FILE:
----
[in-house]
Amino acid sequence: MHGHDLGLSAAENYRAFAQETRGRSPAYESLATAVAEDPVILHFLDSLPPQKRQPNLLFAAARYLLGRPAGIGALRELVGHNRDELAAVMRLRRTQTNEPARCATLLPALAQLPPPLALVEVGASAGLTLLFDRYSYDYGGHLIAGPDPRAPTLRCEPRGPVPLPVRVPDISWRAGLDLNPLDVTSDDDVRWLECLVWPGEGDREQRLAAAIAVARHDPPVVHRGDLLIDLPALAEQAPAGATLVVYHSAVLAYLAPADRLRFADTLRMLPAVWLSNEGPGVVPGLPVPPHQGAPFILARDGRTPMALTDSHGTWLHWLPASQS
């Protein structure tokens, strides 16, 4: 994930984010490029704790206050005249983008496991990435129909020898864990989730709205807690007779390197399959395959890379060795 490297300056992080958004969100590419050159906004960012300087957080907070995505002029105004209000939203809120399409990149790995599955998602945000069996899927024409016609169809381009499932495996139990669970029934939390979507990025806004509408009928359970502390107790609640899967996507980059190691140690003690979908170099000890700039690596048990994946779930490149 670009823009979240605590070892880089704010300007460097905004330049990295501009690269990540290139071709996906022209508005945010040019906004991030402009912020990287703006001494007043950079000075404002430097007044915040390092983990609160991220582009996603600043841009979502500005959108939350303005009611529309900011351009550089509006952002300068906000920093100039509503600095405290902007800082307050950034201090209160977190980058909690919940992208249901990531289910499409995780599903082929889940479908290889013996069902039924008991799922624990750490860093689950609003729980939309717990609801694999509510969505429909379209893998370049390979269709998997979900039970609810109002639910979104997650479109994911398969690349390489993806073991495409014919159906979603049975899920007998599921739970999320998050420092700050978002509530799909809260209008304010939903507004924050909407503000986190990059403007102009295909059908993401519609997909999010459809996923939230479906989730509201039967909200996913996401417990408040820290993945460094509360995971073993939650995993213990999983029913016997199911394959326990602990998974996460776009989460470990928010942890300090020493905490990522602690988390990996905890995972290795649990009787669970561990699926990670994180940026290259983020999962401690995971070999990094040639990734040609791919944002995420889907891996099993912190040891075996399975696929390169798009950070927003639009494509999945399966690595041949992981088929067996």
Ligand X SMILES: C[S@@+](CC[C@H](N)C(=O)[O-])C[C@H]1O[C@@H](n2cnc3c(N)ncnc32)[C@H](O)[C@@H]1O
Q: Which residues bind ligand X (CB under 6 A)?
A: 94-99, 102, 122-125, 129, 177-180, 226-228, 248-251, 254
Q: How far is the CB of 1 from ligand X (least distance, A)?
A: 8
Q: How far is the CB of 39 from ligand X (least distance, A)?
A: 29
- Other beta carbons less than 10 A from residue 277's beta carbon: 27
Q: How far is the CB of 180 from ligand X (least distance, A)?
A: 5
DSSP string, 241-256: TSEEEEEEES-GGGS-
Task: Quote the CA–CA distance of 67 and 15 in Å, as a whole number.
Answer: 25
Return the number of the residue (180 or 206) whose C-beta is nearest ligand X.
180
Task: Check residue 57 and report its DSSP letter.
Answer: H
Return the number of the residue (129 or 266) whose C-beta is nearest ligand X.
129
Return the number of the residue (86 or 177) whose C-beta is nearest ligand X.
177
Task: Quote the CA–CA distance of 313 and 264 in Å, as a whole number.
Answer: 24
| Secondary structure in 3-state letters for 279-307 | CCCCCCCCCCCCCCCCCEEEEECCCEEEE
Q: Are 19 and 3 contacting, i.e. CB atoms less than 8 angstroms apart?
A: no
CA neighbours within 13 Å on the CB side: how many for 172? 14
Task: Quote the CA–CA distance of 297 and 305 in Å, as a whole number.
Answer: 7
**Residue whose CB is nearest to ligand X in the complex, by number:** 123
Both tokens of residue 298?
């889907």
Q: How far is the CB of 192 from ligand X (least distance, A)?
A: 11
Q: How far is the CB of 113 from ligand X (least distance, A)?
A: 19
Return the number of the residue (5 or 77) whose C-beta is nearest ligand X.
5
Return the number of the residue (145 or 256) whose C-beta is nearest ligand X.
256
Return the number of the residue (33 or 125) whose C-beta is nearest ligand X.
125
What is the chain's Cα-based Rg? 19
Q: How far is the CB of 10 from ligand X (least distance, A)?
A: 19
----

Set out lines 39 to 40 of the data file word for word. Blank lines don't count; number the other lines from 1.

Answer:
A: 19
Return the number of the residue (5 or 77) whose C-beta is nearest ligand X.